Background: Lead exposure, even at low levels, is associated with adverse health effects in humans. We investigated the determinants of individual lead levels in a general population-based sample of adults from Florence, Italy. Methods: Erythrocyte lead levels were measured (using inductively coupled plasma-mass spectrometry) in 454 subjects enrolled in the Florence cohort of the European Prospective Investigation into Cancer and Nutrition (EPIC) study in 1992–1998. Multiple linear regression models were used to study the association between demographics, education and working history, lifestyle, dietary habits, anthropometry, residential history, and (among women) menstrual and reproductive history and use of exogenous sex hormones, and erythrocyte lead levels. Results: Median lead levels were 86.1 μg/L (inter-quartile range 65.5–111.9 μg/L). Male gender, older age, cigarette smoking and number of pack-years, alcohol intake, and residing in urban areas were positively associated with higher erythrocyte lead levels, while performing professional/managerial or administrative work or being retired was inversely associated with lead levels. Among women, lead levels were higher for those already in menopause, and lower among those who ever used hormone replacement therapy. Conclusions: Avoidable risk factors contribute to the lead body burden among adults, which could therefore be lowered through targeted public health measures. Full article
(This article belongs to the Special Issue Heavy Metal Pollution and Health Risk Assessment)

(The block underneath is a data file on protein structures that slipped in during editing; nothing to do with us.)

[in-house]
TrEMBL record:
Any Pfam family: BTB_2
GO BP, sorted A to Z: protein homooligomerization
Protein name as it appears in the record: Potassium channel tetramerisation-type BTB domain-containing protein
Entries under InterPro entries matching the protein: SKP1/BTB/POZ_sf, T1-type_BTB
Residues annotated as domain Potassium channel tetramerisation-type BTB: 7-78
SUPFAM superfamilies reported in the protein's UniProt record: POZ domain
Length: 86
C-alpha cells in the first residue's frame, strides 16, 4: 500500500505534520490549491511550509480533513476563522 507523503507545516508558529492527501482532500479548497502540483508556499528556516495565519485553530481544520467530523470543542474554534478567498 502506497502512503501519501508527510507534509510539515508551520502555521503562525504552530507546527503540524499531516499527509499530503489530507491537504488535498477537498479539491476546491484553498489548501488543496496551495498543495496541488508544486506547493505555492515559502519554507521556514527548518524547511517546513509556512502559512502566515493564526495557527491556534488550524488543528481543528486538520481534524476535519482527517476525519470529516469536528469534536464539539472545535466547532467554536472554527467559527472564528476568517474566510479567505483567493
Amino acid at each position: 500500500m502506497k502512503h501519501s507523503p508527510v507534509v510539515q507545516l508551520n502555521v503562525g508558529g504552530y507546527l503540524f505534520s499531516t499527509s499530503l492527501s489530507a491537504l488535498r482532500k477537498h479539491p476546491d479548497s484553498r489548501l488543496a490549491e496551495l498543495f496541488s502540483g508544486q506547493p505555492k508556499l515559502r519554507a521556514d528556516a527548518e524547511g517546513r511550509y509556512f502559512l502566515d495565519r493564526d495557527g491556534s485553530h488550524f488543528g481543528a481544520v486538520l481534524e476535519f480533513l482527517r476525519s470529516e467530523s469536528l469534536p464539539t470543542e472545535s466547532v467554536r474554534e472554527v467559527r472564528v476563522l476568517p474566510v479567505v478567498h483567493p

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Open AccessArticle
A Framework for Rice Heavy Metal Stress Monitoring Based on Phenological Phase Space and Temporal Profile Analysis
Int. J. Environ. Res. Public Health 2019, 16(3), 350; https://doi.org/10.3390/ijerph16030350 - 26 Jan 2019
Cited by 1
Abstract
Previous studies make it possible to use remote sensing techniques to monitor heavy metal stress of rice synchronously and continuously. However, most studies mainly focus on the analysis of rice’s visual symptoms and physiological functions rather than temporal information during the growth period, [...] Read more.
Previous studies make it possible to use remote sensing techniques to monitor heavy metal stress of rice synchronously and continuously. However, most studies mainly focus on the analysis of rice’s visual symptoms and physiological functions rather than temporal information during the growth period, which may reflect significant changes of rice under heavy metal stress. In this paper, an enhanced spatial and temporal adaptive reflectance fusion model was used to generate synthetic Landsat time series. A normalized difference water index and an enhanced vegetation index were employed to build phenological phase space. Then, the ratio of the rice growth rate fluctuation (GRFI Ratio) was constructed for discriminating the different heavy metal stress levels on rice. Results suggested that the trajectories of rice growth in phenological phase space can depict the similarities and differences of rice growth under different heavy metal stress levels. The most common phenological parameters in the phase space cannot accurately discriminate the heavy metal stress level. However, the GRFI Ratio that we proposed outperformed in discriminating different levels of heavy metal stress. This study suggests that this framework of detecting the heavy metal pollution in paddy filed based on phenological phase space and temporal profile analysis is promising. Full article
(This article belongs to the Special Issue Heavy Metal Pollution and Health Risk Assessment)
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Open AccessArticle
PM2.5-Bound Toxic Elements in an Urban City in East China: Concentrations, Sources, and Health Risks